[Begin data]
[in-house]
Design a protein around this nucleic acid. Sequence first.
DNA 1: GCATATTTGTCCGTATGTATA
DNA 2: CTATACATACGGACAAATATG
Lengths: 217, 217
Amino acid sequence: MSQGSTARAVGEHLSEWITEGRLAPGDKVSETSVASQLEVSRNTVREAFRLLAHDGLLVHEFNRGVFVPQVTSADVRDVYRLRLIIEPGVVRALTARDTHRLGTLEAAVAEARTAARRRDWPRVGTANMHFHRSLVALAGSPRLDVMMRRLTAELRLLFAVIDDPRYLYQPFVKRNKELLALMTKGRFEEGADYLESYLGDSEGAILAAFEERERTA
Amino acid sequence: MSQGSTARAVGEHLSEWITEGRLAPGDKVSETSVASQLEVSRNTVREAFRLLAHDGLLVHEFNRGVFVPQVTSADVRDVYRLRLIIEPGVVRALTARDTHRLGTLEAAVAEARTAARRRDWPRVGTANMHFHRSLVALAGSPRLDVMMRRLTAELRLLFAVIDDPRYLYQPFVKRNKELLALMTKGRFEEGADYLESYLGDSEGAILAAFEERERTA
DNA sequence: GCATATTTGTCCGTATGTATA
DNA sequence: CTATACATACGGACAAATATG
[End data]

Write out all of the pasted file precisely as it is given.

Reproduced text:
[in-house]
Design a protein around this nucleic acid. Sequence first.
DNA 1: GCATATTTGTCCGTATGTATA
DNA 2: CTATACATACGGACAAATATG
Lengths: 217, 217
Amino acid sequence: MSQGSTARAVGEHLSEWITEGRLAPGDKVSETSVASQLEVSRNTVREAFRLLAHDGLLVHEFNRGVFVPQVTSADVRDVYRLRLIIEPGVVRALTARDTHRLGTLEAAVAEARTAARRRDWPRVGTANMHFHRSLVALAGSPRLDVMMRRLTAELRLLFAVIDDPRYLYQPFVKRNKELLALMTKGRFEEGADYLESYLGDSEGAILAAFEERERTA
Amino acid sequence: MSQGSTARAVGEHLSEWITEGRLAPGDKVSETSVASQLEVSRNTVREAFRLLAHDGLLVHEFNRGVFVPQVTSADVRDVYRLRLIIEPGVVRALTARDTHRLGTLEAAVAEARTAARRRDWPRVGTANMHFHRSLVALAGSPRLDVMMRRLTAELRLLFAVIDDPRYLYQPFVKRNKELLALMTKGRFEEGADYLESYLGDSEGAILAAFEERERTA
DNA sequence: GCATATTTGTCCGTATGTATA
DNA sequence: CTATACATACGGACAAATATG